Though I’m tempted to wax poetic about how badass Sigourney Weaver was in Ridley Scott’s 1979 Alien (the first female protagonist in an American sf film—very exciting!), I found the design of the alien more interesting. Here I analyze it from both a biological and artistic point of view.
The design of the alien, and really the entire set of Alien, originated in a lithograph by H.R. Giger called Necronomicon IV, pictured below. It has the build of a human in that it has arms and hands, and is bipedal. In all other ways, however, it is distinctly nonhuman.
One of the more intriguing aspects of the biology of the alien is its pharyngeal jaw. When it opens its mouth, the alien reveals a secondary jaw that can extend to puncture, grab, and pull in its prey, as shown below.
This type of jaw has an analog in Earth’s moray eel. Unlike most fish, which quickly expand their throat to create negative pressure to suck in their prey, the moray eel possesses a secondary jaw in its pharynx which can move forward toward the oral jaw, grab prey, and draw it down into its throat where it can be swallowed. It is thought that the moray eel evolved this jaw from its first set of ribs to accommodate its preferred home: burrows in rocky sea floors. With a pharyngeal jaw, moray eels do not have to leave their narrow tunnels in order to expand their throats and suck in their prey. Rather, they can stay in their holes and stealthily strike from the shadows.
Does the pharyngeal jaw reveal something about the preferred habitat of its ancestors? Its constant coating of watery slime, streamlined head, and long tail all suggest that it is descended from aquatic organisms. Throughout the film, the alien also exhibits the burrowing behavior typical to a moray eel, whether it be in the crevices of the Nostromo, a tunnel on an alien planet, or in the gut of a human host. The larval stage (aka chestburster stage) of the alien certainly resembles something that should live at the bottom of the ocean.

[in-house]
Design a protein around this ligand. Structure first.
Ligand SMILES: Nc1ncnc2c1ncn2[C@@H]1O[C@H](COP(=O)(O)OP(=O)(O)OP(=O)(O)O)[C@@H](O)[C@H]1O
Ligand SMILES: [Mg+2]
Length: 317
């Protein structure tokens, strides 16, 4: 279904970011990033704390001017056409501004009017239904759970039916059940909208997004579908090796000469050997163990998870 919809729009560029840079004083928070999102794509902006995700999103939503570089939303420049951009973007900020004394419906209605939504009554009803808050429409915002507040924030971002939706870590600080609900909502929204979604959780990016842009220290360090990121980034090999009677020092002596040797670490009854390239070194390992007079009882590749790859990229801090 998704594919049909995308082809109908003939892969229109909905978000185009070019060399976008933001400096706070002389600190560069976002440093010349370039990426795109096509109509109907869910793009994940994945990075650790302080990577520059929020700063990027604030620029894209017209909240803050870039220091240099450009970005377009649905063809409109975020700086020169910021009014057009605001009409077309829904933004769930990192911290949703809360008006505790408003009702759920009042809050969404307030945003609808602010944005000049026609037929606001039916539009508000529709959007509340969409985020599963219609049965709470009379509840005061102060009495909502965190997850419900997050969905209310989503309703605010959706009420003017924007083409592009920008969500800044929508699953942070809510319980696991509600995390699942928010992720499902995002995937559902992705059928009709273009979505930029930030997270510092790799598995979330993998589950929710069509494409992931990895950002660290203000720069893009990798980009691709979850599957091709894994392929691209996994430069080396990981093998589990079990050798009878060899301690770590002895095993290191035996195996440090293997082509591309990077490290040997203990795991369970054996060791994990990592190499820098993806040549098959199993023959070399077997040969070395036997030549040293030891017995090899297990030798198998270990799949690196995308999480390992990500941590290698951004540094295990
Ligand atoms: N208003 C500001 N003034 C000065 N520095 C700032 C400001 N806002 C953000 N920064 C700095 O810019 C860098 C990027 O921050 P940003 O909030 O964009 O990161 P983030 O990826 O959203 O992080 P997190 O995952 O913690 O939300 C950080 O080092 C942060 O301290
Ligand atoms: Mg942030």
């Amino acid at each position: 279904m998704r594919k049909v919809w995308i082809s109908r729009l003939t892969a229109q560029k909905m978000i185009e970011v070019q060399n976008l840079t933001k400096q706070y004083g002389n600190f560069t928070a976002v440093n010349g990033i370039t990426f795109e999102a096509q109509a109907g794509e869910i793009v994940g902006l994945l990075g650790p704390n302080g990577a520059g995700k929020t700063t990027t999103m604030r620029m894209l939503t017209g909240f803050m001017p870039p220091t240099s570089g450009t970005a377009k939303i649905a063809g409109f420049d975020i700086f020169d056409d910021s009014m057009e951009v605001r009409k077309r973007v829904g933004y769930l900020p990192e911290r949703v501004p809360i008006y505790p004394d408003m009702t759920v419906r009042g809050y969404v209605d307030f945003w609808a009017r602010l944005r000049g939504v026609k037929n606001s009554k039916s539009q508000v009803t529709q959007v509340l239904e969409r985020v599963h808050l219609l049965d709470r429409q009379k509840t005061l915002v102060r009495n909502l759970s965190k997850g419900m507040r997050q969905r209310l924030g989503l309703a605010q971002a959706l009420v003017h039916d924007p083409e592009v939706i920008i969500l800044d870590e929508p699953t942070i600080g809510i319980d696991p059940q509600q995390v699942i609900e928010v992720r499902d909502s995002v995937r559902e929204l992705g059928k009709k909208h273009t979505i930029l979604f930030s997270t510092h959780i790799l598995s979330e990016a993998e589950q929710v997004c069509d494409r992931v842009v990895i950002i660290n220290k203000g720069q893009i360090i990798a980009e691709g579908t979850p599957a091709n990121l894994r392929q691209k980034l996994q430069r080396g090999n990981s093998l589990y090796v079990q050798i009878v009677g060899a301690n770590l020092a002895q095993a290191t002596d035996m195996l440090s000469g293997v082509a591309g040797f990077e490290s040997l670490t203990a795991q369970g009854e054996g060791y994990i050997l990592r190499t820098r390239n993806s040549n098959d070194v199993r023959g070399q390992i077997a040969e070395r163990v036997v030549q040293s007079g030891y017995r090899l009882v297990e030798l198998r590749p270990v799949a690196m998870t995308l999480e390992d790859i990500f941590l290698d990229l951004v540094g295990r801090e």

The reproductive cycle of the alien is also noteworthy in that it is confusing. Most interpretations place the facegrabber as the initial phase of the alien lifecycle as a placenta with agency, its purpose being to locate a host and implant the alien embryo before dying. I would argue, however, that the facegrabber is an entirely separate generation of alien capable of parthenogenesis (reproduction without fertilization, or animal self-cloning). This cyclic parthenogenesis, or heterogamy, is found on Earth in species like water fleas. A modified version of this is found in all land plants, but it is known as alternation of generations. Animal species with cyclic parthenogenesis tend to reproduce quickly (as does the alien) and rely on parthenogenesis when their population is low and there are plenty of nutrients available. It is useful for outcompeting other species with numbers alone. I can see how this might be useful for the alien, which seems adapted to invading planets, decimating the population, and laying many spore-like eggs that can exist without nutrients for an unknown lengths of time.
Based solely on the information provided in the first Alien (as the gender system of the species is explained in later films), one might conclude that the facegrabber is the female alien and its child is the male. In this case, the facegrabber must have been inseminated prior to its birth, as are many species of wasp on Earth (the fig wasps being the example that come most readily to mind). This wasp imagery is consistent with the endoparasitic nature of the larval stage, but I think it is unlikely as most of the examples of preadolescent insemination on Earth are associated with the coevolution of wasps and a plant host. In contrast, the aliens are a highly independent species that can use seemingly any warm-blooded organism as a chestburster host and do not require a host in which to oviposit their spore-like eggs.